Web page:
****Youngster to play in foursome with his Doctor and hit ceremonial first tee in golf outing to fund education program*****
Eight year old Sean Hatzfeld, a third grader at school#5 in Oceanside will hit the ceremonial first tee in the first annual Tee Up to Drive Out Sepsis golf outing at 12:30PM and then play in a foursome with his Doctor, on Monday, September 30th at the Glen Cove Golf Club located at 109 Lattingtown Road in Glen Cove.
Through the golf outing Sean and his family have raised $25,000 which will be donated to Winthrop-University Hospital to enable experts in sepsis to educate Long Island pediatricians and parents as to the often missed early warning signs of the often fatal illness.
Last February, Sean’s life was saved by doctors at Winthrop after he was brought to the emergency room, his body ravaged by the sepsis infection. Sean had been ill for almost five days; the initial diagnosis offered by the first doctors that he saw was that he only had the flu.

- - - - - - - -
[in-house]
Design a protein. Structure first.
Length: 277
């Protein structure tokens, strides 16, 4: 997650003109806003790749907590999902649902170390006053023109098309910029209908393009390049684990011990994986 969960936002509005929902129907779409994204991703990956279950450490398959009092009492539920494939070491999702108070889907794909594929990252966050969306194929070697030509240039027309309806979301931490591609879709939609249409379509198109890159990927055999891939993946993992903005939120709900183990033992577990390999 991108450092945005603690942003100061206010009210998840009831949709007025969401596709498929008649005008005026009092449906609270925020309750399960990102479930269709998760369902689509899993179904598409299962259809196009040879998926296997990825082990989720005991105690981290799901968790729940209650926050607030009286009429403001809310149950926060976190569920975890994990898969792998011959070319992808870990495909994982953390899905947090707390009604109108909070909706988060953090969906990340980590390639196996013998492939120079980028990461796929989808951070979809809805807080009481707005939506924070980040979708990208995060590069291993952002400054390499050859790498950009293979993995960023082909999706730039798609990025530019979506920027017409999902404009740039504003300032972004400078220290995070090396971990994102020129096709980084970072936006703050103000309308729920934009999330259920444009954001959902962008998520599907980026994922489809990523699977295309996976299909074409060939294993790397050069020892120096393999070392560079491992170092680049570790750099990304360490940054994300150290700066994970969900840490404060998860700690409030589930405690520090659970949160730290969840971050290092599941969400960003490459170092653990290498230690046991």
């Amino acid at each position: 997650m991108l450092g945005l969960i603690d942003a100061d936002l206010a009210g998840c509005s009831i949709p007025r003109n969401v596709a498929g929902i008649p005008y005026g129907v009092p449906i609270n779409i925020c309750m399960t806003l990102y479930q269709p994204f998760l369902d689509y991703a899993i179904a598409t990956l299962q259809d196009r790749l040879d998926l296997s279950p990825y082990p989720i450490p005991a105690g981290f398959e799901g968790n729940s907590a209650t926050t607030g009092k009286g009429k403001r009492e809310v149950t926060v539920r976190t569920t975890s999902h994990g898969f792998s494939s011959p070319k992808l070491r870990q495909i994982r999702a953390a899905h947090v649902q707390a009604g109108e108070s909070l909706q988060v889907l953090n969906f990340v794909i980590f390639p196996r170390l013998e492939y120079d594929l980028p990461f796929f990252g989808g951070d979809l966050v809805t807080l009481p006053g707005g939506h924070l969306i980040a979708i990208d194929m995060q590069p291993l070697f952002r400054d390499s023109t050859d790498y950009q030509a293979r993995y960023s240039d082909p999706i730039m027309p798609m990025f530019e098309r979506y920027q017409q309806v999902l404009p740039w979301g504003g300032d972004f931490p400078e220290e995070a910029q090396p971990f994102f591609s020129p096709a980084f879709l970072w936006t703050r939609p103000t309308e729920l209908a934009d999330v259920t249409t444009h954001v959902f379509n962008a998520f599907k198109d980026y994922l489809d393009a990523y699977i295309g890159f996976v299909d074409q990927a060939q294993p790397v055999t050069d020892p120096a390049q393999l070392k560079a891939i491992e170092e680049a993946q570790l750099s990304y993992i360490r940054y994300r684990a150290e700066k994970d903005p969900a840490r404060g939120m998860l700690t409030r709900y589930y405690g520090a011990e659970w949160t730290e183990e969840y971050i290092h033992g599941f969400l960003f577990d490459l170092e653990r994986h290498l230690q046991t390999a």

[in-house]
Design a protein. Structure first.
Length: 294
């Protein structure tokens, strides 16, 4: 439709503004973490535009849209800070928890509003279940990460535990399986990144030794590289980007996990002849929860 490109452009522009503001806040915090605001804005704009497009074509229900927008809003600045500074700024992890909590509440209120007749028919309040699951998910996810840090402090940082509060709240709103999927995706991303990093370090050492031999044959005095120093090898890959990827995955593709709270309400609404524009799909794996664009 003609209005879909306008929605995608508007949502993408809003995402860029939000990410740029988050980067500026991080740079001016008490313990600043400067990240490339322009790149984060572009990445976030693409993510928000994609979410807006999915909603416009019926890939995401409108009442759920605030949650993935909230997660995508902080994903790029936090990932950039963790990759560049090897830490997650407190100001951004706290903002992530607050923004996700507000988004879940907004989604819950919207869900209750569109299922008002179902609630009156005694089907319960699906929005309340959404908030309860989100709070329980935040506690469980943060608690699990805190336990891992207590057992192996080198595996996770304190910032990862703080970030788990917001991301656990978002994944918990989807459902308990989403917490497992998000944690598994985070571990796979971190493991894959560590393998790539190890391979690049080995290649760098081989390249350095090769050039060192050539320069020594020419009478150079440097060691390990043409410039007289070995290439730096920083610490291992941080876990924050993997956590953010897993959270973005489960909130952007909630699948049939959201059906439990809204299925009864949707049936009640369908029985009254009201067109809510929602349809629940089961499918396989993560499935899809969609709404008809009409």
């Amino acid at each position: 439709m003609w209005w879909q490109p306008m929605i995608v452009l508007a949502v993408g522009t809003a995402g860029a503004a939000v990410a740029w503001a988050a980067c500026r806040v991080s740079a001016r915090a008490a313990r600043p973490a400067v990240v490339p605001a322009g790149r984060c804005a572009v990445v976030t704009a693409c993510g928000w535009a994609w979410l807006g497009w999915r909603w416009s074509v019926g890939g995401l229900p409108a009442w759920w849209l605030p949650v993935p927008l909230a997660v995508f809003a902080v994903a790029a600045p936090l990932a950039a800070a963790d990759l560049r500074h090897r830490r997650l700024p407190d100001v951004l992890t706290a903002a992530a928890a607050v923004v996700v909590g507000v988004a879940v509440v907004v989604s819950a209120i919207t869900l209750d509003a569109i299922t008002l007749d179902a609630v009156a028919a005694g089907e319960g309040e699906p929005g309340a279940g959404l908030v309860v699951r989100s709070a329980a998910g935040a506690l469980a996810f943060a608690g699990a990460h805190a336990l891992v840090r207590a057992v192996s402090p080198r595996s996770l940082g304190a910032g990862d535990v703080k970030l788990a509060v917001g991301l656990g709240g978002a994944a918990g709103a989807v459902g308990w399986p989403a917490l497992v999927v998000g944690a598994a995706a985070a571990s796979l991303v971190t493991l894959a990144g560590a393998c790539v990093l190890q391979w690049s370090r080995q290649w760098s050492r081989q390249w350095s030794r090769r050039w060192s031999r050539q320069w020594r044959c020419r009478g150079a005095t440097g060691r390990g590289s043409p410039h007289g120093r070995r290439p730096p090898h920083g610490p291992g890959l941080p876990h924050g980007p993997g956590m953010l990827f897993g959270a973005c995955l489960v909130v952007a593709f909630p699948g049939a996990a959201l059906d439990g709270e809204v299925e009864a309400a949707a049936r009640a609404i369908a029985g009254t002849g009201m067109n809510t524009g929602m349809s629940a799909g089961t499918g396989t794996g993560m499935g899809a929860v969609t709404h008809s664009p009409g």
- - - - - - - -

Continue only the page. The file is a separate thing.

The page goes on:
He was sent home and his mother was told to treat him with Motrin and fluids. However, a few days later his health not only failed to improve but he contracted Orbital Cellulitis, an infection in the cells surrounding his eye. His parents took him to a hospital in his area, but because there was no pediatric ophthalmologist on duty he was rushed by ambulance to Winthrop, where the medical team immediately determined that Sean was suffering from sepsis and was on the brink of multi-organ failure. After days of sinus surgery, a blood plasma transfusion, dialysis and physical therapy Sean’s life was saved.
Members of the Winthrop Pediatric team credited with saving Sean’s life including: Dr. Maria Lyn Quintos-Alagheband, Associate Director of Pediatric Critical Care and Physician Quality Officer at The Children’s Medical Center at Winthrop and Dr. Bradley Block will join Sean for a round of golf and will be available to discuss that early detection can mean the difference between life and death.
Sean’s mother, Patricia says the family’s goal is to make parents aware that sepsis exists, so they can simply ask if their child is suffering from sepsis, which will force the doctor to consider that the patient is not just suffering from the flu but could actually be fighting for his life.